rating from outer space: I [Incomplete]

(By the way, if you like “Satan Worshipping Doom,” you’ll love Chicago’s Bongripper, with whom I am affiliated in no way, shape or form.)

I Drink Your Blood (1970)

written and directed by david durston
a Jerry gross presentation

A dyed-in-the-wool exploitation quickie, the only thing surprising about this little absurdity is its relative restraint. Don’t get me wrong – there’s plentiful wallowing in sleaze here, but it’s kinda presented as an afterthought. Sure, limbs (and a head) are hacked off, and multiple animals are slaughtered, but the sexual assault happens off camera and minimal nudity is shown, even when it’s implied that an entire construction crew runs a train on an overly willing female. True, the sleepy little town goes haywire after a young boy injects meat pies with rabies-infected blood and sells them to a roving band of hippies … hmmm. Perhaps this reviewer has grown jaded. BE THAT AS IT MAY, this film mainly revels in its presentation of the idiotic “satanic” pretensions of the ill-defined “cult” at the center of the action, and dwells lovingly on its ensuing violent insanity. Ultimately, the picture descends into a disjointed and haphazardly edited sequence of uncompelling chase scenes. Those where the survivors defend themselves with water display a highly entertaining ignorance of why the deadly disease was once known as “hydrophobia.”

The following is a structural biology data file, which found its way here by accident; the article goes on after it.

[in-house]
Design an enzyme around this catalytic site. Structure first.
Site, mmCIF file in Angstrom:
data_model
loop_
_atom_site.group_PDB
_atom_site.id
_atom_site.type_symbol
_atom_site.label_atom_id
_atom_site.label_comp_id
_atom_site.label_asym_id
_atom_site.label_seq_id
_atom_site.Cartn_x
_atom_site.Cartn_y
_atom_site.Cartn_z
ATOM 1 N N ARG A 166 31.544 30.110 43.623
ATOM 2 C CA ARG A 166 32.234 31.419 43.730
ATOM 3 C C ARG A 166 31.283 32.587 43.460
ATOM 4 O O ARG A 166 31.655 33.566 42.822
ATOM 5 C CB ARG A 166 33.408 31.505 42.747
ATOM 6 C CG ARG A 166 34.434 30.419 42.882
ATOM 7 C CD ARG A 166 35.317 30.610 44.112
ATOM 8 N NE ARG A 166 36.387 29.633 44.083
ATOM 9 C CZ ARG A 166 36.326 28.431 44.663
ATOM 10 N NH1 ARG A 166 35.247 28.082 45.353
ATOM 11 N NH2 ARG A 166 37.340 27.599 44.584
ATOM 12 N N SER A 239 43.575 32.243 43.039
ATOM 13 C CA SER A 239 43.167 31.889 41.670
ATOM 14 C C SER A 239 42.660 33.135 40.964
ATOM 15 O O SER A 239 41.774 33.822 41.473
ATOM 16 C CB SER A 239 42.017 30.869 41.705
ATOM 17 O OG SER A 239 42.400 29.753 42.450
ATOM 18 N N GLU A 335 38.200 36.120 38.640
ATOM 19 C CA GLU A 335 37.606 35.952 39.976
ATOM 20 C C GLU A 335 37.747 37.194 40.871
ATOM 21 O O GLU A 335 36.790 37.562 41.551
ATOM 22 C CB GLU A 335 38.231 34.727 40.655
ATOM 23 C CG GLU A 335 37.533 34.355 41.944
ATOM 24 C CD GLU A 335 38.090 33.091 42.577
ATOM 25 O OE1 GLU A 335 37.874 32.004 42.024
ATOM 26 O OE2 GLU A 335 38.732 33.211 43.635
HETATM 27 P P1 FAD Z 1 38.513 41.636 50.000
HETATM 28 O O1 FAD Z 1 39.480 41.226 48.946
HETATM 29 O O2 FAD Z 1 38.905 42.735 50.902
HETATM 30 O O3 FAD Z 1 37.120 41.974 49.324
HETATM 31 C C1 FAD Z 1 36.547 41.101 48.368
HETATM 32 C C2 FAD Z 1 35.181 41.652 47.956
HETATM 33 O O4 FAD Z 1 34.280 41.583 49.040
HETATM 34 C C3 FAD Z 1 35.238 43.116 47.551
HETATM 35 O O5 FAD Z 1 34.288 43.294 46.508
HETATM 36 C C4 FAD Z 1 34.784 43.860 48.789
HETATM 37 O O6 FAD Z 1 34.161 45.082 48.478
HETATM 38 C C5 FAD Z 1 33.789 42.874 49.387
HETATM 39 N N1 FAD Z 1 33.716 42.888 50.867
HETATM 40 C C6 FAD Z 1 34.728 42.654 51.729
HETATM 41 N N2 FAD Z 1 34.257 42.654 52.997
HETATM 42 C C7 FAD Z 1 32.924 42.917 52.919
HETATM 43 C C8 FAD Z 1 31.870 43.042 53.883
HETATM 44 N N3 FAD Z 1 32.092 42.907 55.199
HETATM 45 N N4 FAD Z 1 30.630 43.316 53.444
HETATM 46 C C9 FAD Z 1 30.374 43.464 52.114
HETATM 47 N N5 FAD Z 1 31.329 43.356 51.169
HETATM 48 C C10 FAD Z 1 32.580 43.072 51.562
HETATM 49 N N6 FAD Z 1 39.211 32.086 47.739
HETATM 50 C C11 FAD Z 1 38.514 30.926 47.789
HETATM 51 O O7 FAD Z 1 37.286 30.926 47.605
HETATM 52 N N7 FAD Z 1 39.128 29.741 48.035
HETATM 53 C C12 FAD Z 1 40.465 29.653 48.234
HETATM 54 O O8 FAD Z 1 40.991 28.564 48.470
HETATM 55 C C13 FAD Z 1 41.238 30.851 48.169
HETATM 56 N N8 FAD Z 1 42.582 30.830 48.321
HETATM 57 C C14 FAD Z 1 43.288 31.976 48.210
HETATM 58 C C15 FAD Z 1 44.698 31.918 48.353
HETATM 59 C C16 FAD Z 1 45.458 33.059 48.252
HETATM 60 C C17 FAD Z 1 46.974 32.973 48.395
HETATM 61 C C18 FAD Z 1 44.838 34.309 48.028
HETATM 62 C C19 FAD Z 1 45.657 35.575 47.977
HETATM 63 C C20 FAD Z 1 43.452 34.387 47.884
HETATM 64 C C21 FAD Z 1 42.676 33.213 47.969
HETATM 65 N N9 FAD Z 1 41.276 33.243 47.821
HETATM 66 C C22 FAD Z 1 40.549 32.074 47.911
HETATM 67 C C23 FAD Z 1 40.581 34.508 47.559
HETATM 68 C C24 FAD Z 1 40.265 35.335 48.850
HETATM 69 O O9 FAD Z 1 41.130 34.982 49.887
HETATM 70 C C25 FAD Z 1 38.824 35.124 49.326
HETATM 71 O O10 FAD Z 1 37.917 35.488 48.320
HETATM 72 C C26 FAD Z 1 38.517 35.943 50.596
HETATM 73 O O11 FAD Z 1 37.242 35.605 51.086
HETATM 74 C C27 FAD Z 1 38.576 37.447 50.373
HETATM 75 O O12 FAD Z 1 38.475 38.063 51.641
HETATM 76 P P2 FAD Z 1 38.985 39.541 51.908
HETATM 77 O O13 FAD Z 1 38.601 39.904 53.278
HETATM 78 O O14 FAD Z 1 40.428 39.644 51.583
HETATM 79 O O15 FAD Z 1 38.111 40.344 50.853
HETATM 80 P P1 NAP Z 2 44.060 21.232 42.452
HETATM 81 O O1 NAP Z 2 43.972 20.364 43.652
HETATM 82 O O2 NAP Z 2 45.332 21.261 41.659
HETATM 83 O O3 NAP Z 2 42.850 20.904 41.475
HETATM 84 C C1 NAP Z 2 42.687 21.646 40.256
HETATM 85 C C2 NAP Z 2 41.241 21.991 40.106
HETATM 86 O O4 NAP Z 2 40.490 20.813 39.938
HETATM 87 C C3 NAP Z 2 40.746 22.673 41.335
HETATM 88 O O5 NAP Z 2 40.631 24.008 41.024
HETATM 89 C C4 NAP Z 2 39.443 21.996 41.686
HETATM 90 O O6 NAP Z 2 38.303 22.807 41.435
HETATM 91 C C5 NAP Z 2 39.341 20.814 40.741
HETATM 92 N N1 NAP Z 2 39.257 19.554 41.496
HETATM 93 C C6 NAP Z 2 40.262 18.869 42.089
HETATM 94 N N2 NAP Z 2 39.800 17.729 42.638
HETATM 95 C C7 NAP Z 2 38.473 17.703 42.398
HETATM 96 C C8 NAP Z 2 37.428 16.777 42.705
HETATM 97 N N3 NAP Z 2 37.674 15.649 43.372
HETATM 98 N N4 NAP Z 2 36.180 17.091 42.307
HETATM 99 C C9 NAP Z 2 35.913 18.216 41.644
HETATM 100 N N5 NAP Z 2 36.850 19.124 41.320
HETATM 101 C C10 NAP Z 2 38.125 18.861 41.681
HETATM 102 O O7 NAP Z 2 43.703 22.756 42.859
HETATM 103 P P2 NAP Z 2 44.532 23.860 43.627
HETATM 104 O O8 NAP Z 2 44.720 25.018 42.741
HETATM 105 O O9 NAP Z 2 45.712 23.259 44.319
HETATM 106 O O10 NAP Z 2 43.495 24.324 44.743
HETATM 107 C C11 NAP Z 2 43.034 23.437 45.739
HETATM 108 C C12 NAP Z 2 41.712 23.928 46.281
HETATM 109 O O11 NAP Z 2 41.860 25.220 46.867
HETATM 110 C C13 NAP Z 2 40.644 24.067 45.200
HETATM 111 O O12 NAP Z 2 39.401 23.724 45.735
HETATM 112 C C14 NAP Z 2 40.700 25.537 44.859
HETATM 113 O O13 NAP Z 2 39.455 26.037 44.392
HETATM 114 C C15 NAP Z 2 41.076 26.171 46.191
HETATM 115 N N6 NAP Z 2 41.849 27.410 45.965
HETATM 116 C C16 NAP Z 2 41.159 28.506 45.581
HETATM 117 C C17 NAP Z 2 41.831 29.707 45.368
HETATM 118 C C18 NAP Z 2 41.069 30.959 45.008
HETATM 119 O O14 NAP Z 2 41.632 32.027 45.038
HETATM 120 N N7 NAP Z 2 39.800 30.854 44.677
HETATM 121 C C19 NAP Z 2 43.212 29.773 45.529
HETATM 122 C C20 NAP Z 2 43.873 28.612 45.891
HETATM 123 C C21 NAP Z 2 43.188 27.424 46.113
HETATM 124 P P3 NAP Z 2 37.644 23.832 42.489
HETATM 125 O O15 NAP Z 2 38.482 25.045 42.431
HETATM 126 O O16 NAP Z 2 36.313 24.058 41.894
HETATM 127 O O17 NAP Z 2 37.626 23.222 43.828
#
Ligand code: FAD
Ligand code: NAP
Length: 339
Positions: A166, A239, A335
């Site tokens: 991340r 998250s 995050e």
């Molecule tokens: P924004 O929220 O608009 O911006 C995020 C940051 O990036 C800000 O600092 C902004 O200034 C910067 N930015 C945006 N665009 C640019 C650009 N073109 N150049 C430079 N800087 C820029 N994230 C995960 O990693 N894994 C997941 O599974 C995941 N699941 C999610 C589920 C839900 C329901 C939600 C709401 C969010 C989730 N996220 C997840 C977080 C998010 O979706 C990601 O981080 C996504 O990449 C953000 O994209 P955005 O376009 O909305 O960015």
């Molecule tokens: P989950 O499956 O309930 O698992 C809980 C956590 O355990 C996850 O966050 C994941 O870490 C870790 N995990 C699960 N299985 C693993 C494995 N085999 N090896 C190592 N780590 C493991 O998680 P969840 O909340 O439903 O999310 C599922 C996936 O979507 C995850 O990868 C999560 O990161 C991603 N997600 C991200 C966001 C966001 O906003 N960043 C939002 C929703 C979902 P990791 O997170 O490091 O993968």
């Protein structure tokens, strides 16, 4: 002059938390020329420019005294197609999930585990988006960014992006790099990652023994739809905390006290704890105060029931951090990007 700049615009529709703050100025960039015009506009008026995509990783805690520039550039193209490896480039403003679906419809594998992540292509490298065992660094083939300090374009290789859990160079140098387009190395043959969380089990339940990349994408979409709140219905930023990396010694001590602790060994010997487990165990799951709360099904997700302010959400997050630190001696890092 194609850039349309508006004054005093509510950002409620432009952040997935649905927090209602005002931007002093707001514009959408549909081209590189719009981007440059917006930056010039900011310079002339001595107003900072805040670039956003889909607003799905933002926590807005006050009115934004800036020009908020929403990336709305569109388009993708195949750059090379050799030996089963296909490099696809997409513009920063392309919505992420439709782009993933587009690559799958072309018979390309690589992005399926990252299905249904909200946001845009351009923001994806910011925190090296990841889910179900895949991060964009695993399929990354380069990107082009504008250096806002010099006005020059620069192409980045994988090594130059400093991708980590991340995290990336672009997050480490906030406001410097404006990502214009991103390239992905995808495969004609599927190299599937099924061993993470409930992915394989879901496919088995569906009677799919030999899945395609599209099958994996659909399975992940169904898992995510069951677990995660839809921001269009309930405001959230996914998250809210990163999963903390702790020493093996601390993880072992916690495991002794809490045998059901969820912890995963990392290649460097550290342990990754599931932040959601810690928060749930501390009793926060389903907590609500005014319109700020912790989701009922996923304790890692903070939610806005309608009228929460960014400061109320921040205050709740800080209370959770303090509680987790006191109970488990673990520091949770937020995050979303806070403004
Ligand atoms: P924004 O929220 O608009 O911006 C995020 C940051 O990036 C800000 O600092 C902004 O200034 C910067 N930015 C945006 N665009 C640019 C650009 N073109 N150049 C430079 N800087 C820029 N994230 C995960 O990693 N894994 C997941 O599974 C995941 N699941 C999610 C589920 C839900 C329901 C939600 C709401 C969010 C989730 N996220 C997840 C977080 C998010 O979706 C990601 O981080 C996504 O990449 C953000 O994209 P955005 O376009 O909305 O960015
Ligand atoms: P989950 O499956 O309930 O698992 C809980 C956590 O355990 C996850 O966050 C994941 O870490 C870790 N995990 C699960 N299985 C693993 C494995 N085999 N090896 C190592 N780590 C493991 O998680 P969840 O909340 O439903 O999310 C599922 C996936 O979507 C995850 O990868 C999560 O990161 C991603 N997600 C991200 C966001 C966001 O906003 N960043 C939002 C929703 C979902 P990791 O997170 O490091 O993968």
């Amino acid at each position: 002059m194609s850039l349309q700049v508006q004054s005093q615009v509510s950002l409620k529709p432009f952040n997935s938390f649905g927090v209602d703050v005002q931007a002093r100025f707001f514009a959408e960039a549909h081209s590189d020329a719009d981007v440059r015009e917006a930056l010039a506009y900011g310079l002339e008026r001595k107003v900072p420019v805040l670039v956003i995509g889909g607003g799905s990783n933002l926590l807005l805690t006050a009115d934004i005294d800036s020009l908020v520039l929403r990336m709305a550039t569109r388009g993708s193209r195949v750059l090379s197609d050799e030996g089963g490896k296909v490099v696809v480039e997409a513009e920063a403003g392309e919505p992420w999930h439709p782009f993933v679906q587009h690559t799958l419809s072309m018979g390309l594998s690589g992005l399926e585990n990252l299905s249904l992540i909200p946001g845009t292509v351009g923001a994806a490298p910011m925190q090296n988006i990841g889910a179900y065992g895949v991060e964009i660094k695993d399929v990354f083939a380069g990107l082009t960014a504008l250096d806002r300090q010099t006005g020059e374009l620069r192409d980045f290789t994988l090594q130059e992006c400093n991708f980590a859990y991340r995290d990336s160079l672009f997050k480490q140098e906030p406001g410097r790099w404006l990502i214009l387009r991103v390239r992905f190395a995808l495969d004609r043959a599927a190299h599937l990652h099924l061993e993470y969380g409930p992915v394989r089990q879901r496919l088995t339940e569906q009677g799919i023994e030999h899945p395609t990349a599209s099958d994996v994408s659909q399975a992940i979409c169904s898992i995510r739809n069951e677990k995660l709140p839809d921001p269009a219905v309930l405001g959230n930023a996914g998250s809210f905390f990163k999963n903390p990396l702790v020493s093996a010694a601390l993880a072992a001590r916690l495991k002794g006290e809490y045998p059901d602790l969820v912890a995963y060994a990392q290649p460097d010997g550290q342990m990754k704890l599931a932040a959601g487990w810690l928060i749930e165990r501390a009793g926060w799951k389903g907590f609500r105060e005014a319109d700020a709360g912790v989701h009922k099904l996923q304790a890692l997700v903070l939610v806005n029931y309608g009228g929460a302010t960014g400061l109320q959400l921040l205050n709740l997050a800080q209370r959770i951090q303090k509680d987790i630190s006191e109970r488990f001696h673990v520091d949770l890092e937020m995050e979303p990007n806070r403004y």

why did i watch this movie?

I’ve got a reputation to uphold.

should you watch this movie?

Do you like drugs? Do you like killin’? Do you like listenin’ to “Boogie Chillen’”?

highlight and low point